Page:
Before the 2013 season, Baseball Prospectus, Baseball America, ESPN, and MLB.com ranked the top 100 prospects in baseball, as they always do. There were disagreements because there always are. Addison Russell was #48 in Baseball America’s list and #10 in ESPN’s. Trevor Story was #34 on Baseball Prospectus’ list and #99 on MLB.com’s. Corey Seager made some lists, and he was left off other lists. This sort of variety is expected.
Jurickson Profar was the #1 prospect in baseball according to all of them. They didn’t get together and talk about it. It was just understood. Profar had just turned 20 that February, and he already had major league experience. He had power, range, bat control, patience, and a tremendous arm. He was the perfect prospect, give or take. There was a decision to be made with him and Elvis Andrus, but, ha ha, that’s the kind of problem that spoiled franchises face, alright.
It’s four years later. Four years and two shoulder injuries later. Four years, two shoulder surgeries, and 648 mostly unimpressive plate appearances later. Profar is going to be 24, the same age as some prospects. He’s entering his arbitration years, just like an established player.
Profar’s career has freakishly matched Alexi Casilla’s through their age-23 seasons.
Profar: .235/.311/.341, 648 plate appearances, 75 OPS+
Casilla: .261/.310/.336, 647 plate appearances, 75 OPS+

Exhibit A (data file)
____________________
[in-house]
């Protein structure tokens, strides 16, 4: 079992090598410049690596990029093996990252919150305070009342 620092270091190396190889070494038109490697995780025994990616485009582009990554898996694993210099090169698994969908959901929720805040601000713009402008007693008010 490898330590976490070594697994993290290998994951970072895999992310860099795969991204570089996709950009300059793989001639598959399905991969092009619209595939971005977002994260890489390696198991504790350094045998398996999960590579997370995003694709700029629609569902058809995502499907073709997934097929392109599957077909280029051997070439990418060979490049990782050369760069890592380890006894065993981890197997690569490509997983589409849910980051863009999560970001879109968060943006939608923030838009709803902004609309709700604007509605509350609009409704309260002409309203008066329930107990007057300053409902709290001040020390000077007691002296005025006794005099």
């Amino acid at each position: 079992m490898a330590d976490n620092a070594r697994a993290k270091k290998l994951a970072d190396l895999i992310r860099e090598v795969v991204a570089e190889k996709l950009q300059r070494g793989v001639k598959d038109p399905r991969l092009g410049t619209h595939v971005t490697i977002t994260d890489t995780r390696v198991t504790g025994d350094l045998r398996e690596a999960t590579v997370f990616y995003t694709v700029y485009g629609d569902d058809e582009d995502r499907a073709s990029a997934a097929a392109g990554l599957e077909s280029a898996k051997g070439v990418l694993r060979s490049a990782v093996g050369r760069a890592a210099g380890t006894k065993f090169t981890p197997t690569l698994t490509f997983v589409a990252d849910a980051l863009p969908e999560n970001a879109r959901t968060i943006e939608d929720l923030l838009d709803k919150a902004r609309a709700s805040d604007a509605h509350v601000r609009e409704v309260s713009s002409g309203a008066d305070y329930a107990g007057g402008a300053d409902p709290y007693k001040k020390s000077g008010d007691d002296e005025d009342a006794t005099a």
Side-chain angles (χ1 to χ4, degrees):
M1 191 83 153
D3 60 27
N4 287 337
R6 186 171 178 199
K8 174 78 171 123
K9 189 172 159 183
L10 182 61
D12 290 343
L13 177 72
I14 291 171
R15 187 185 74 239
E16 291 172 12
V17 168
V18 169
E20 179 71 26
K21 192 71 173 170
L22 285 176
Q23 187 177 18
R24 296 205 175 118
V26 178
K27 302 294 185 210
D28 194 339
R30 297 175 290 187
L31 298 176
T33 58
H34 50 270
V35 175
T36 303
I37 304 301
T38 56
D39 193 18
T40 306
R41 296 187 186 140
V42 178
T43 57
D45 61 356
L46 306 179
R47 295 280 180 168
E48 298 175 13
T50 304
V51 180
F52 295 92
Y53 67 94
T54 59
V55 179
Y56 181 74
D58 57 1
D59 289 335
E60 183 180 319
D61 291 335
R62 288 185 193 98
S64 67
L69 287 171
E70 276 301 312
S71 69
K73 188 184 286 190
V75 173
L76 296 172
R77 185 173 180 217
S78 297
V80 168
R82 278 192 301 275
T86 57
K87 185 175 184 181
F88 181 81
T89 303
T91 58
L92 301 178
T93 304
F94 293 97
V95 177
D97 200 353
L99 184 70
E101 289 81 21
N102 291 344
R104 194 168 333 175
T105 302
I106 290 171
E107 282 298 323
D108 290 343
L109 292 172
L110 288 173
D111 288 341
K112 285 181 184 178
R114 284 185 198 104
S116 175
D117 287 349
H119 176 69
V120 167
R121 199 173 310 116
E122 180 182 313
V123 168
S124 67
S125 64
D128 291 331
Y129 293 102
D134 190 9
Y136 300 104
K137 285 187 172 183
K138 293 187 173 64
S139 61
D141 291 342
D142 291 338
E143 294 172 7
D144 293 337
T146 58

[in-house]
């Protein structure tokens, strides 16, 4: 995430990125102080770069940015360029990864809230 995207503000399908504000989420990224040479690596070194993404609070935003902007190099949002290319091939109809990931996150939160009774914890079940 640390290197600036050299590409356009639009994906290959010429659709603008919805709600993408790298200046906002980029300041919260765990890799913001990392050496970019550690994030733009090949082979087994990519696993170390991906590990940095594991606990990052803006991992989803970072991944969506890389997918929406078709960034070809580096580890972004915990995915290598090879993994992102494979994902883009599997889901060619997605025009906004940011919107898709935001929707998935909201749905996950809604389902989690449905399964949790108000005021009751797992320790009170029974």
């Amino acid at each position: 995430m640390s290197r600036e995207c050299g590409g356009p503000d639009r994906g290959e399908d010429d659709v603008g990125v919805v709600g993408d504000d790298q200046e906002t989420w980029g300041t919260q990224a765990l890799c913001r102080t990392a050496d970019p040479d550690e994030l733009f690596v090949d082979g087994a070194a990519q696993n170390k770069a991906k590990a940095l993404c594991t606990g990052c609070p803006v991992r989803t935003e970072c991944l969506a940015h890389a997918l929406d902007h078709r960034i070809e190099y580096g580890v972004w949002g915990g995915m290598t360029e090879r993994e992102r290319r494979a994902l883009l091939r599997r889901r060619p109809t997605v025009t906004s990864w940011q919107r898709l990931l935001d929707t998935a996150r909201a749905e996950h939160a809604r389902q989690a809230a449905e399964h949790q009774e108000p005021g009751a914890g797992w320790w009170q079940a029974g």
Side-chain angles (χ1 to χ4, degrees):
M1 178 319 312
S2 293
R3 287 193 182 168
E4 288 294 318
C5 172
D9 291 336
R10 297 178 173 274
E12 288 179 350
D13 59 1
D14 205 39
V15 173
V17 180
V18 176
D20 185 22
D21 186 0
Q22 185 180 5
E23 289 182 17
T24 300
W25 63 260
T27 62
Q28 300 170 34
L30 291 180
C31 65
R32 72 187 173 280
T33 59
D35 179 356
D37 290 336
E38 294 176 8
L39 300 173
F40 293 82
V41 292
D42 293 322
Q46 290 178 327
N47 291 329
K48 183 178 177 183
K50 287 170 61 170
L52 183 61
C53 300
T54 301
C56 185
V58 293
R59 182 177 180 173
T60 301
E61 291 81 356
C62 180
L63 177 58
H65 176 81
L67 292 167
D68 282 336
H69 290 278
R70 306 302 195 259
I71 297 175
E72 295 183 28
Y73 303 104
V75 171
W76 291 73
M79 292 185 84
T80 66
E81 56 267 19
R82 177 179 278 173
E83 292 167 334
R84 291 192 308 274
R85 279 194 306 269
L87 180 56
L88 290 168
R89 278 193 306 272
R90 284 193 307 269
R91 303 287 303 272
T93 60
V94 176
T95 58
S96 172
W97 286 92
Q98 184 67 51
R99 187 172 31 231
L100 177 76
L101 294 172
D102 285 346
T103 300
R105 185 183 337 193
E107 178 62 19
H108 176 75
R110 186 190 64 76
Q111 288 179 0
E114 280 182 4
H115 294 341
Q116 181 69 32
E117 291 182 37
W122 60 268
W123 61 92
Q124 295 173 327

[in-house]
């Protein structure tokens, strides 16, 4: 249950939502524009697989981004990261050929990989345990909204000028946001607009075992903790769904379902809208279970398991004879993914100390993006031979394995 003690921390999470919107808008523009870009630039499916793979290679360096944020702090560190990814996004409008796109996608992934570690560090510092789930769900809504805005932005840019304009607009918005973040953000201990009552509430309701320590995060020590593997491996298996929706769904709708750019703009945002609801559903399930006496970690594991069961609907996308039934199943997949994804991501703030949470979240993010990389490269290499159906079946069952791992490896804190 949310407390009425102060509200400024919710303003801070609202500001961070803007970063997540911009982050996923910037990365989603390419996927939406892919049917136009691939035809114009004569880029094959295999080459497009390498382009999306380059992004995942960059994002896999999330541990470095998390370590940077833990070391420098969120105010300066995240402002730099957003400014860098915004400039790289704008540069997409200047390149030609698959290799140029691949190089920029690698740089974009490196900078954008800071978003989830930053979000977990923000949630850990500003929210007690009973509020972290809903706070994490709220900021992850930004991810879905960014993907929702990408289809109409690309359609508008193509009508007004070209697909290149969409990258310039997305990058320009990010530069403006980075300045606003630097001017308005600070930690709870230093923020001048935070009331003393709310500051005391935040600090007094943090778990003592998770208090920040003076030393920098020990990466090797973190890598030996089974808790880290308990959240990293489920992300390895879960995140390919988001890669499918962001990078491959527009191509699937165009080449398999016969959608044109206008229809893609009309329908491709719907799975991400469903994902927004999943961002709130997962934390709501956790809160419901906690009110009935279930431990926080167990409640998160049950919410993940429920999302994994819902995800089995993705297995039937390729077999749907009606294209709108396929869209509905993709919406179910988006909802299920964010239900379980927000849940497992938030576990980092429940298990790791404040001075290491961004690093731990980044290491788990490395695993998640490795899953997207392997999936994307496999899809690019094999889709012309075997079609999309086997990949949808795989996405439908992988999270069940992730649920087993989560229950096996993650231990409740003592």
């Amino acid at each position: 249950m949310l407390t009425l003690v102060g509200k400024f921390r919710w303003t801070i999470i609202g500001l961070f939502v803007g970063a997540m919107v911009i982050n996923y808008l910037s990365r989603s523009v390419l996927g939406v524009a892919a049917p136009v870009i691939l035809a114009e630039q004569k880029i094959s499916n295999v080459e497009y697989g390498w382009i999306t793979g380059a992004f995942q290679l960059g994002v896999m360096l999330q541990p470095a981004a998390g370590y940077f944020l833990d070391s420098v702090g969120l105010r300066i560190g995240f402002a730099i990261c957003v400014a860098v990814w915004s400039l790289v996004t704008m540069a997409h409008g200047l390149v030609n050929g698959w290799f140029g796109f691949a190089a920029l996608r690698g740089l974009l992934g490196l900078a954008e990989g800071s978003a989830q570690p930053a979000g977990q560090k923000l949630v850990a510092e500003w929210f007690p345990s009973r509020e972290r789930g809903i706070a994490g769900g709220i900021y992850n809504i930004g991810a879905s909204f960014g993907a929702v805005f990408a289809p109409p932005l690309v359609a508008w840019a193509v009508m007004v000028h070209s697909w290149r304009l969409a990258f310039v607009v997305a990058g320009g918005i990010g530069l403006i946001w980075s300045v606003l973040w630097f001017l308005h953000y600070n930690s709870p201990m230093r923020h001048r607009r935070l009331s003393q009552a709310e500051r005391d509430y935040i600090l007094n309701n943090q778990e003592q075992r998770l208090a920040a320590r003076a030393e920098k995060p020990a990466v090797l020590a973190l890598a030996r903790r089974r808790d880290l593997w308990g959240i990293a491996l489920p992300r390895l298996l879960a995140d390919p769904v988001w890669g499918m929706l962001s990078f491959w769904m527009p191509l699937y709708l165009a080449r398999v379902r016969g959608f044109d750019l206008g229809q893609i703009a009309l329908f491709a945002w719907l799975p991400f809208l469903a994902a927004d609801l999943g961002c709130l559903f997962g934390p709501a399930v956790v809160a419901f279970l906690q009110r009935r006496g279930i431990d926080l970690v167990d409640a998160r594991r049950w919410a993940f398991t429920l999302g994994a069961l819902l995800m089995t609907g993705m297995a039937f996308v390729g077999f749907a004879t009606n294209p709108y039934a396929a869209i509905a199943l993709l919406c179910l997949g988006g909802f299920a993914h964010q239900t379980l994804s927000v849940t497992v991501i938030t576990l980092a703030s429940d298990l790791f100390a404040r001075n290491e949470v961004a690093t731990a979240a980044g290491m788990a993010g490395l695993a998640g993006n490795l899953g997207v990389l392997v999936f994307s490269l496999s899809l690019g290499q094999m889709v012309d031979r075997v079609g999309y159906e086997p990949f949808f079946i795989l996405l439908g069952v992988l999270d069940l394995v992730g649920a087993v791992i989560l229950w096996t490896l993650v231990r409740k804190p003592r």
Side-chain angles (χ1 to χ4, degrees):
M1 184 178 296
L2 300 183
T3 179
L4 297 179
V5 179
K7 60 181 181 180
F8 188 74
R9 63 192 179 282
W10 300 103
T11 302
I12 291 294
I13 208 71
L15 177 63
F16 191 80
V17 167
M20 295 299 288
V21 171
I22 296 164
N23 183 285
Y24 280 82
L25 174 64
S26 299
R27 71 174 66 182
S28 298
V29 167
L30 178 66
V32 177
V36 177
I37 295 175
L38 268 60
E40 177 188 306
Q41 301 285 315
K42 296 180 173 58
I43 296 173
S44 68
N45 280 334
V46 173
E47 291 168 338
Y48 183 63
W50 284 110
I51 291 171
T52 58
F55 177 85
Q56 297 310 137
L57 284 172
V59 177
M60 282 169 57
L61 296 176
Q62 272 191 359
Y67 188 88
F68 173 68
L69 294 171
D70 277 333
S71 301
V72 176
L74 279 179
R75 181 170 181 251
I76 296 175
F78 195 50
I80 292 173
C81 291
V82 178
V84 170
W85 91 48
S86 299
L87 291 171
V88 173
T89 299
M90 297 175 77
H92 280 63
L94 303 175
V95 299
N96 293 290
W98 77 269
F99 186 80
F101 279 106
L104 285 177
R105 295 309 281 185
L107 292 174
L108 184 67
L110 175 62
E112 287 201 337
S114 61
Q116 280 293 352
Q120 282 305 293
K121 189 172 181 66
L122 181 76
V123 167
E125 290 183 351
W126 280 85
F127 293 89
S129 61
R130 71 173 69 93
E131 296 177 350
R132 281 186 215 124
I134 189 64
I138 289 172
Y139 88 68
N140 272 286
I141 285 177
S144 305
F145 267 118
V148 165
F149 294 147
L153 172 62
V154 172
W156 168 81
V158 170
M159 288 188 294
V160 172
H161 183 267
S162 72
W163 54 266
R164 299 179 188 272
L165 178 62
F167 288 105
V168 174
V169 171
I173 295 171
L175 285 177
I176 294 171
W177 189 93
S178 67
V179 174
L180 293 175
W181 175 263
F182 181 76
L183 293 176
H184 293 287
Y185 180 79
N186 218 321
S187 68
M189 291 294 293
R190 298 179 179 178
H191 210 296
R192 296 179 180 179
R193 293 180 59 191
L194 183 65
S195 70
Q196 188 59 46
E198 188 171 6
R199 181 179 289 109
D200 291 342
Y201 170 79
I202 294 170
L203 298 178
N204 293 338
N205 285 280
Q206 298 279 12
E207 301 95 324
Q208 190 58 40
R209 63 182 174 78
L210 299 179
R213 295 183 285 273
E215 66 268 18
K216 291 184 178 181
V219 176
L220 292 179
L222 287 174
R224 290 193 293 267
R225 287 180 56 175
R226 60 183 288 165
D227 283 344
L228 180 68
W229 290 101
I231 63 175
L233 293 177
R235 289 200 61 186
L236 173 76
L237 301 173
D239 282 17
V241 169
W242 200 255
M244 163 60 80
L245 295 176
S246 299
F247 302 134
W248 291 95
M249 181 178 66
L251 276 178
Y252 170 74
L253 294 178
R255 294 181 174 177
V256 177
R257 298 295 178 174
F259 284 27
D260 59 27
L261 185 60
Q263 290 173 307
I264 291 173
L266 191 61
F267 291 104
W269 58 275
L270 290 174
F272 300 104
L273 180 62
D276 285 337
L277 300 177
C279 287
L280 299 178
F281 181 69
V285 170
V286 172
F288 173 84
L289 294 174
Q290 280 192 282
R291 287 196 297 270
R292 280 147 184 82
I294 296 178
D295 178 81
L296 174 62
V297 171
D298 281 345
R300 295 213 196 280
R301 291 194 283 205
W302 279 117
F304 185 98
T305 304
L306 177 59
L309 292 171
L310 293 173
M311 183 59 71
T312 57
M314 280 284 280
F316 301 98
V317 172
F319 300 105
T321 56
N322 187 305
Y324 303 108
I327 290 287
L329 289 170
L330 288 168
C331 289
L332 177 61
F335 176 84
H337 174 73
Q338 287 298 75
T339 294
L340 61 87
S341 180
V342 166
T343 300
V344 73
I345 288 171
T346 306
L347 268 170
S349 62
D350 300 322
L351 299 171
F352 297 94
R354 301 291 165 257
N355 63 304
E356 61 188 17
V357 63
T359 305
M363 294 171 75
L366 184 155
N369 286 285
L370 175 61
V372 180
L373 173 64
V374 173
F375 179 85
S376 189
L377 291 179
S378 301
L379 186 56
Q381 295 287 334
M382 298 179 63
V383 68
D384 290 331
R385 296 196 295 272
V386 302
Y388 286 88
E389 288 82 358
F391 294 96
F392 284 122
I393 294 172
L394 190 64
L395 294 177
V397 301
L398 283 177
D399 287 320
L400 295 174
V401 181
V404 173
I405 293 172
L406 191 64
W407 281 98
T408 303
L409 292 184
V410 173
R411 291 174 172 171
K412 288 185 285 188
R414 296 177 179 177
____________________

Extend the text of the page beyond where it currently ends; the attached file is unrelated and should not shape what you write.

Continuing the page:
Profar’s career hs freakishly matched the career of Luis Aparicio, Hall of Famer, through their age-23 seasons.
Profar: .235/.311/.341, 648 plate appearances, 75 OPS+
Aparicio: .262/.314/.337, 1,228 plate appearances, 75 OPS+
This is Jurickson Profar:
Do you see a rabbit or a duck? Do you see a future Hall of Famer, or do you see a guy who will kick around a while before becoming a non-roster invitee? Note that the rabbit is clearly the Hall of Famer in this analogy. Ducks smell awful.
In almost any other context, in any other situation, this wouldn’t be that unusual. Enigmatic young players are as much a part of baseball as green grass and the 7th-inning stretch. Leave him alone, let him do his thing, and hope for the best.
Except this is a strange situation. Profar is a shortstop by trade, except the Rangers already have a shortstop. One who is perfectly fine and making $88 million for the next six years.
Fine, move Profar to second. Except the Rangers already have a second baseman. He should be a shortstop, too, and he hit 33 home runs last year. Then he swung at one of the home runs when it reentered our atmosphere, but that’s nitpicking. They’re set up the middle.
Okay, move Profar to third. Except the Rangers already have a third baseman. He’s going to the Hall of Fame. Plus, Profar’s shoulder injury means that his arm isn’t as strong as it used to be.
Great, fine, okay, cool, move him to center, stop with these hypothetical mind games. Except the Rangers just signed Carlos Gomez, and Nomar Mazara is pretty good, and, look, it’s not going to happen.
So Profar is at first. Which is like using a Ferrari to store office files. It’s offensive if he’s as good as hoped because that’s a waste of talent. It’s offensive if he’s an awful hitter for a first baseman because that’s a waste of a position that should go to a slugger.